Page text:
President may need an assessment framework

President may need an assessment framework
President Mnangagwa

President Mnangagwa

Martin Tarusenga
It was and is with apparent apprehension and diffidence that ministers in the new President’s Government received the call to achieve set targets in the first one hundred (100) days of his presidency.

The targets are aimed at ‘service delivery and production across all economic sectors, at national level and cascading down to the disaggregated ward, district and provincial levels — not just politics’. Except for a few upbeat ministers including Minister Chinamasa, media reports exposed some ministers as being evasive about their 100-day plans of action.

Considering that many of the ministers were senior Government officials and ministers from the former President (Mugabe), or senior Zanu-PF officials, it is not surprising that the ministers in this new Government have taken the new President paradigm shift to a ‘new economic’ era with the apparent trepidation.

Given the legacy of the former President’s predilection for loyalty in Government officials and ministers rather than skilled ones, given that most of them have been co-opted in the new Government (for very good reasons, not least of continuity), and given the things that can go wrong in a given economic sector under such incapable personnel such as exemplified by those things that went wrong for the pension and insurance industries, a performance assessment framework may need to be explicitly adopted in the new President’s office, to ensure that Government officials and ministers in the new Government are up to the job of driving economic growth.

Such a performance assessment framework should cover the case in point pension/insurance industries and all other economic sectors, individually in the first instance. For each sector, the assessment framework should have 100-day plan of actions, with intrinsically built-in deliverables and accountabilities, half-yearly and yearly plan of actions.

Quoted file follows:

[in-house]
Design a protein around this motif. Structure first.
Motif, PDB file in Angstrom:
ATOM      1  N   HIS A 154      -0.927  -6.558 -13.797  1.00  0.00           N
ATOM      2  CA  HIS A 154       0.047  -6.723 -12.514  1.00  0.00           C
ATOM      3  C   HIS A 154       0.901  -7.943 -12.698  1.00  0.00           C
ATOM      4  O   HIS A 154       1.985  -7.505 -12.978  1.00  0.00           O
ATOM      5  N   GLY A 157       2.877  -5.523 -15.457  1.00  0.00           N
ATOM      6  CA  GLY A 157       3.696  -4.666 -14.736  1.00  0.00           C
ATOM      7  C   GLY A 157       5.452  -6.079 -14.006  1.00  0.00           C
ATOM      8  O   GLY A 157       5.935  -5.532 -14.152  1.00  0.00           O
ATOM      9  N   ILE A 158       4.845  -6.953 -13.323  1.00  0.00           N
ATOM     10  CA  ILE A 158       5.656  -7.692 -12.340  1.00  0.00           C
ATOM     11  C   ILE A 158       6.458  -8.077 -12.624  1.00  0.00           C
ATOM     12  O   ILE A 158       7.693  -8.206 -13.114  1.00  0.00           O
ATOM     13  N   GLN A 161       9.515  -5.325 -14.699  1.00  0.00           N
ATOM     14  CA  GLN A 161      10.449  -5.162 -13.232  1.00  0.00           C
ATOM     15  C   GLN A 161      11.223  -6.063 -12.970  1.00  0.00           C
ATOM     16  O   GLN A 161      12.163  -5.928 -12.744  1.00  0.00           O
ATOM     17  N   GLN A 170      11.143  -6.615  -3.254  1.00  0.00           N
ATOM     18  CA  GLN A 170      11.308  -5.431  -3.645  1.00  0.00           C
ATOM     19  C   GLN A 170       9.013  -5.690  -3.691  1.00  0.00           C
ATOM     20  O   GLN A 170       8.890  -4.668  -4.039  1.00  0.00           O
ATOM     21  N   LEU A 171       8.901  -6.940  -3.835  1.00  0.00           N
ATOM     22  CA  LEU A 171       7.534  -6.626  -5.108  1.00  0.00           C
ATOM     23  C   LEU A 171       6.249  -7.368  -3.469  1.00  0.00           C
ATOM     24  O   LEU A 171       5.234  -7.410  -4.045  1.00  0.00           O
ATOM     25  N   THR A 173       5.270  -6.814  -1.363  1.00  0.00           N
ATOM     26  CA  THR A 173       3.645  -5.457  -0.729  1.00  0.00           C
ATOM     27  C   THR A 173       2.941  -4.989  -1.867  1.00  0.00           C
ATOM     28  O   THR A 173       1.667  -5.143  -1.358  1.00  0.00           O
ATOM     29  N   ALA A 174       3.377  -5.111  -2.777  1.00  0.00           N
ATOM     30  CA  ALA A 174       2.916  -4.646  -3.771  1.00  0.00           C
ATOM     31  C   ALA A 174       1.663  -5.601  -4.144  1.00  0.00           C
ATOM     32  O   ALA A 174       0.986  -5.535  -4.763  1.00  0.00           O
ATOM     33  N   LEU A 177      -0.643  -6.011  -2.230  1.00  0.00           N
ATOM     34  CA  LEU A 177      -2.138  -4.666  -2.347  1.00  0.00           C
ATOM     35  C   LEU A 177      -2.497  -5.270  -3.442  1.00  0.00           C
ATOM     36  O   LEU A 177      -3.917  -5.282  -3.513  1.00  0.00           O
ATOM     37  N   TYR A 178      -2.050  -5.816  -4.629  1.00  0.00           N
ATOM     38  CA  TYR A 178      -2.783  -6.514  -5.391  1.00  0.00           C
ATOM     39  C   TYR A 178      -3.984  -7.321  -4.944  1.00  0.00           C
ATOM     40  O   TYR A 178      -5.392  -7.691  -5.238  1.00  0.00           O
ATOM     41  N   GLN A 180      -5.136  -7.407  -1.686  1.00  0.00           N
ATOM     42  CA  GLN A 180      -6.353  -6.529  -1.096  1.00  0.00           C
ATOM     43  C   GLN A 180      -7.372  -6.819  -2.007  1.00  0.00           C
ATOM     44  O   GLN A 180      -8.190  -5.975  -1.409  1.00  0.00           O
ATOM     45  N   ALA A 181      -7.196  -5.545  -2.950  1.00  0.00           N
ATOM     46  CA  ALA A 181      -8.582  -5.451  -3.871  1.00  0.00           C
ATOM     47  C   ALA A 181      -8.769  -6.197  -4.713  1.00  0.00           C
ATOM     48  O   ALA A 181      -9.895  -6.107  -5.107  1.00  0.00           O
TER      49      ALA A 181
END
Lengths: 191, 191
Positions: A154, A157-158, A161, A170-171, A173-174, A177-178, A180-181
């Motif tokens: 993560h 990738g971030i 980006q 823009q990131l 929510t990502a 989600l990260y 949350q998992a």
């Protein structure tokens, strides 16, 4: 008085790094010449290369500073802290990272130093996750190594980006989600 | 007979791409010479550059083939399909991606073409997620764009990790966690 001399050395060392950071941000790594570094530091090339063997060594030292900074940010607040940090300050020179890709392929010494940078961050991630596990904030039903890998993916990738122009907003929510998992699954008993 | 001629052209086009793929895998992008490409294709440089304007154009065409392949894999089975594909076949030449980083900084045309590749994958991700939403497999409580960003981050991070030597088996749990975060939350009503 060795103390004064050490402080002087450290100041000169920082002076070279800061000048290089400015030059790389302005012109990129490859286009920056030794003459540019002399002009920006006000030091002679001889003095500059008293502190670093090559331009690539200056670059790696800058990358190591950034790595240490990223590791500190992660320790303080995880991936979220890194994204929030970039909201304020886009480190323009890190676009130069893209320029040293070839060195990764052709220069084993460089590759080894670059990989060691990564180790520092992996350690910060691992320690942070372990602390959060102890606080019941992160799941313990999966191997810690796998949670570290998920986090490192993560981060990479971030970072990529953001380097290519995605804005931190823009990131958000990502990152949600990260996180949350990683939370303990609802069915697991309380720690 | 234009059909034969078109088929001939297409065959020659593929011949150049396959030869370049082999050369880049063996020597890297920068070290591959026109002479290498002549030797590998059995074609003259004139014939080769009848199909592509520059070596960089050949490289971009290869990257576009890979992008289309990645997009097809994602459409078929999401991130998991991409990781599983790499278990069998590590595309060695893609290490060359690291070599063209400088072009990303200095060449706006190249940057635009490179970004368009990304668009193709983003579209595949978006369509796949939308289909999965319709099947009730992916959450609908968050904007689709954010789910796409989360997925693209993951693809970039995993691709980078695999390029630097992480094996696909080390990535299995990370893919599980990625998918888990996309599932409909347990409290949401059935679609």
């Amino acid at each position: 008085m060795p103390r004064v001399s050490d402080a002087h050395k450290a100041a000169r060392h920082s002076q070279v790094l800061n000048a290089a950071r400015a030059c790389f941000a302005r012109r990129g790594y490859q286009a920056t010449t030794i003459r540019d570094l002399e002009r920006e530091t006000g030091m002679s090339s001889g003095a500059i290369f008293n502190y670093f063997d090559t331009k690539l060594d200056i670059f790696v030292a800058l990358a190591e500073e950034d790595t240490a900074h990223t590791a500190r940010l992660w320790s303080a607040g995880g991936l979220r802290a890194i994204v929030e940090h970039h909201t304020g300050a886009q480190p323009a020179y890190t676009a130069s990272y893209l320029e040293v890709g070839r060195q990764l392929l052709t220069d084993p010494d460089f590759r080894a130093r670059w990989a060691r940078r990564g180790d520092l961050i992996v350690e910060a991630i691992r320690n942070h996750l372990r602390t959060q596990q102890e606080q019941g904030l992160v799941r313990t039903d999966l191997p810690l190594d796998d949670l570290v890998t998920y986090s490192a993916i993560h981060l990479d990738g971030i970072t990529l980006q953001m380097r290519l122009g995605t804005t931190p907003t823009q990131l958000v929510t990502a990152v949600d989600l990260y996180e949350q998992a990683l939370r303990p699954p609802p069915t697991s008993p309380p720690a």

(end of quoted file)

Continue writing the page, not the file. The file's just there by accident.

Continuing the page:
The accountabilities should serve to flash out those inappropriately skilled and experienced, in a given sector. The performance assessment framework should then have an overall assessment framework integrating the assessment framework for each economic sector, allowing the President to synthesise and conflate sector performances into a macroeconomic measure such as the Gross Domestic Product (GDP) measure.

Such an overall macroeconomic assessment framework for the President may feasibly be built in a computer application allowing the President to monitor performance real time, as is the case with some of the very competitive businesses in the world.

Ignoring for the moment positions held in various economic sectors by the faction around the former President, a clique controlled by a former long-serving permanent secretary to the Ministry of Finance (MoF) would, for instance, control the pensions and insurance industry through the Board of the Insurance and Pension Commission (IPEC) from the late 1990s until pensioners, pension fund members and insurance policyholders called for a stop to the apparent self-serving by this clique over the period 2009 to 2013.